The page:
When growing up, the only thing I could have told you about St. Patrick is that he is most well known for driving the snakes from Ireland. While it is absolutely accurate that there are no snakes in Ireland, there is a strong possibility that there never were...so...there goes my entire education on St. Patrick out the window.
I went in search of information:
First, a little education from the illustrious (I use the term LOOSELY - as LOOSELY as possible) Wikipedia:
Little is known of Patrick's early life, though it is known that he was born in Roman Britain in the 4th century, into a wealthy Romano-British family. His father and grandfather were deacons in the Church. At the age of sixteen, he was kidnapped by Irish raiders and taken captive to Ireland as a slave. It is believed he was held somewhere on the west coast of Ireland, possibly Mayo, but the exact location is unknown. According to his Confession, he was told by God in a dream to flee from captivity to the coast, where he would board a ship and return to Britain. Upon returning, he quickly joined the Church in Auxerre in Gaul and studied to be a priest.
In 432, he again said that he was called back to Ireland, though as a bishop, to Christianise the Irish from their native polytheism. Irish folklore tells that one of his teaching methods included using the shamrock to explain the Christian doctrine of the Trinity to the Irish people. After nearly thirty years of evangelism, he died on 17 March 461, and according to tradition, was buried at Downpatrick. Although there were other more successful missions to Ireland from Rome, Patrick endured as the principal champion of Irish Christianity and is held in esteem in the Irish Church.
Originally, the colour associated with Saint Patrick was blue. Over the years the colour green and its association with Saint Patrick's day grew. Green ribbons and shamrocks were worn in celebration of St Patrick's Day as early as the 17th century. He is said to have used the shamrock, a three-leaved plant, to explain the Holy Trinity to the pagan Irish, and the wearing and display of shamrocks and shamrock-inspired designs have become a ubiquitous feature of the day.In the 1798 rebellion, in hopes of making a political statement, Irish soldiers wore full green uniforms on 17 March in hopes of catching public attention.
And some interesting tidbits from History.com:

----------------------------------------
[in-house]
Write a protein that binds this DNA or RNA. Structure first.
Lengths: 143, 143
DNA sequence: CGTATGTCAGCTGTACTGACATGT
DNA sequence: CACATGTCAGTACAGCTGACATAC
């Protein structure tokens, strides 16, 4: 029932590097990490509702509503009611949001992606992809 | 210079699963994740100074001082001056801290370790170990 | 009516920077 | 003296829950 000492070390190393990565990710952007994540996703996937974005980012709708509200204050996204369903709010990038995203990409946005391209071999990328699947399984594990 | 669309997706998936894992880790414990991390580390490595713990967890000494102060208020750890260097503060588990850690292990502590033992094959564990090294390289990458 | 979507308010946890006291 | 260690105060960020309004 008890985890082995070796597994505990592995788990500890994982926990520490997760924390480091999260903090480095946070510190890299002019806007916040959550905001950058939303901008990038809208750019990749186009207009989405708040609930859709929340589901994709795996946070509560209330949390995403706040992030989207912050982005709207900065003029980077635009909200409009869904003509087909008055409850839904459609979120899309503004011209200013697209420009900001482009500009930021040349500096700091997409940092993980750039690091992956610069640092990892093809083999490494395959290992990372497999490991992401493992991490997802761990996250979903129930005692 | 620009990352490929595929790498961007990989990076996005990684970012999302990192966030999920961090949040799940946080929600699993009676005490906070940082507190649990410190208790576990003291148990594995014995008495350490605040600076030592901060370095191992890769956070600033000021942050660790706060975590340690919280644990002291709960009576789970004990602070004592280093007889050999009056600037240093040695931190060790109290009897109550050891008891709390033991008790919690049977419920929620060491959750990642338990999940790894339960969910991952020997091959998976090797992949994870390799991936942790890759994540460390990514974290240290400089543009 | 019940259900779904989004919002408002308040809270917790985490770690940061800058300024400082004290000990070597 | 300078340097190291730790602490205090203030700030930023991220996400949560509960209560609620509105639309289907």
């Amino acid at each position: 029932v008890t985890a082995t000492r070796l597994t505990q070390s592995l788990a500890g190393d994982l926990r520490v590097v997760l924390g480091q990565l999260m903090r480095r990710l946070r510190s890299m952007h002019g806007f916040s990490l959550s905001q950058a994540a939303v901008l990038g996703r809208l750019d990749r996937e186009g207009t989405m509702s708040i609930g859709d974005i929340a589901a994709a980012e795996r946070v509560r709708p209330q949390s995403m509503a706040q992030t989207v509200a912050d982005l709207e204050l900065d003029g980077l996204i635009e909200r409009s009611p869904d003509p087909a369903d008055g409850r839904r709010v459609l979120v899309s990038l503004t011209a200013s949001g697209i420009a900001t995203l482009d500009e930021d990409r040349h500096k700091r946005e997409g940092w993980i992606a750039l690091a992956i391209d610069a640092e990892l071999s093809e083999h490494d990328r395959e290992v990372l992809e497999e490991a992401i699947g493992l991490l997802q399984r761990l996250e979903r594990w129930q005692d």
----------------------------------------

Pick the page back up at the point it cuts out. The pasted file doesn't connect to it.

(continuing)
St. Patrick's Day is celebrated on March 17, his religious feast day and the anniversary of his death in the fifth century. The Irish have observed this day as a religious holiday for over a thousand years. On St. Patrick's Day, which falls during the Christian season of Lent, Irish families would traditionally attend church in the morning and celebrate in the afternoon. Lenten prohibitions against the consumption of meat were waived and people would dance, drink and feast—on the traditional meal of Irish bacon and cabbage.
Up until the mid-19th century, most Irish immigrants in America were members of the Protestant middle class. When the Great Potato Famine hit Ireland in 1845, close to a million poor and uneducated Irish Catholics began pouring into America to escape starvation. Despised for their religious beliefs and funny accents by the American Protestant majority, the immigrants had trouble finding even menial jobs. When Irish Americans in the country's cities took to the streets on St. Patrick's Day to celebrate their heritage, newspapers portrayed them in cartoons as drunk, violent monkeys.
However, the Irish soon began to realize that their great numbers endowed them with a political power that had yet to be exploited. They started to organize, and their voting block, known as the "green machine," became an important swing vote for political hopefuls. Suddenly, annual St. Patrick's Day parades became a show of strength for Irish Americans, as well as a must-attend event for a slew of political candidates. In 1948, President Truman attended New York City 's St. Patrick's Day parade, a proud moment for the many Irish whose ancestors had to fight stereotypes and racial prejudice to find acceptance in America.
In modern-day Ireland, St. Patrick's Day has traditionally been a religious occasion. In fact, up until the 1970s, Irish laws mandated that pubs be closed on March 17. Beginning in 1995, however, the Irish government began a national campaign to use St. Patrick's Day as an opportunity to drive tourism and showcase Ireland to the rest of the world. Last year, close to one million people took part in Ireland 's St. Patrick's Festival in Dublin, a multi-day celebration featuring parades, concerts, outdoor theater productions and fireworks shows.
While we are not Irish, I thought it would be a good opportunity to teach my 4 year old some interesting cultural things. I presented him with a little rainbow and Pot of God this morning.
Tonight for dinner, we'll be having Irish Beef Stew (because my family doesn't do Corned Beef nor cabbage and Lamb Stew is out of the question) accompanied by Irish Soda Bread.
Are you celebrating this holiday? How are you marking St. Patrick's Day?
Have a BEAUTIFUL GREEN DAY!
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